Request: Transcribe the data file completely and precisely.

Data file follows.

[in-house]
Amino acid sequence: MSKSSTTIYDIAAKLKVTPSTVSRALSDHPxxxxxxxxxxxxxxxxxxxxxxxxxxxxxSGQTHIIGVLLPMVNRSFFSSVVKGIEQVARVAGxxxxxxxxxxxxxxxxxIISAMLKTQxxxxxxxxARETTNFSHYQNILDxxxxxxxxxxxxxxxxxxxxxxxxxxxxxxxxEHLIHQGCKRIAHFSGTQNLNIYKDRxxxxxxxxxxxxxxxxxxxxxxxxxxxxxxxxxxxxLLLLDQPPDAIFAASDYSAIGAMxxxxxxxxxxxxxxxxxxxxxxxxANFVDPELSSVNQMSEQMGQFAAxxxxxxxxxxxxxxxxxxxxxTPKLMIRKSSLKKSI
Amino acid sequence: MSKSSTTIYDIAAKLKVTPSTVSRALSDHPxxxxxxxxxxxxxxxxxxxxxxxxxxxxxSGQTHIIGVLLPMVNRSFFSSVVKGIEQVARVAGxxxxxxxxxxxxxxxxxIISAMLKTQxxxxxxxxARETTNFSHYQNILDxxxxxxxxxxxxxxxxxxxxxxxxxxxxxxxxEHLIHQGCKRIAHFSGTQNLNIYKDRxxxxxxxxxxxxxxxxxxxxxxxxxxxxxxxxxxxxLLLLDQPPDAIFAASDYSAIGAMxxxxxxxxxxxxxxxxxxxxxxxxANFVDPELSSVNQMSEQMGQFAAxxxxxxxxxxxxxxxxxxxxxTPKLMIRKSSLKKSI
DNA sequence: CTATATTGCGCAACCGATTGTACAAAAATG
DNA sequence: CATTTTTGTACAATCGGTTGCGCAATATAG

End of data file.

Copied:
[in-house]
Amino acid sequence: MSKSSTTIYDIAAKLKVTPSTVSRALSDHPxxxxxxxxxxxxxxxxxxxxxxxxxxxxxSGQTHIIGVLLPMVNRSFFSSVVKGIEQVARVAGxxxxxxxxxxxxxxxxxIISAMLKTQxxxxxxxxARETTNFSHYQNILDxxxxxxxxxxxxxxxxxxxxxxxxxxxxxxxxEHLIHQGCKRIAHFSGTQNLNIYKDRxxxxxxxxxxxxxxxxxxxxxxxxxxxxxxxxxxxxLLLLDQPPDAIFAASDYSAIGAMxxxxxxxxxxxxxxxxxxxxxxxxANFVDPELSSVNQMSEQMGQFAAxxxxxxxxxxxxxxxxxxxxxTPKLMIRKSSLKKSI
Amino acid sequence: MSKSSTTIYDIAAKLKVTPSTVSRALSDHPxxxxxxxxxxxxxxxxxxxxxxxxxxxxxSGQTHIIGVLLPMVNRSFFSSVVKGIEQVARVAGxxxxxxxxxxxxxxxxxIISAMLKTQxxxxxxxxARETTNFSHYQNILDxxxxxxxxxxxxxxxxxxxxxxxxxxxxxxxxEHLIHQGCKRIAHFSGTQNLNIYKDRxxxxxxxxxxxxxxxxxxxxxxxxxxxxxxxxxxxxLLLLDQPPDAIFAASDYSAIGAMxxxxxxxxxxxxxxxxxxxxxxxxANFVDPELSSVNQMSEQMGQFAAxxxxxxxxxxxxxxxxxxxxxTPKLMIRKSSLKKSI
DNA sequence: CTATATTGCGCAACCGATTGTACAAAAATG
DNA sequence: CATTTTTGTACAATCGGTTGCGCAATATAG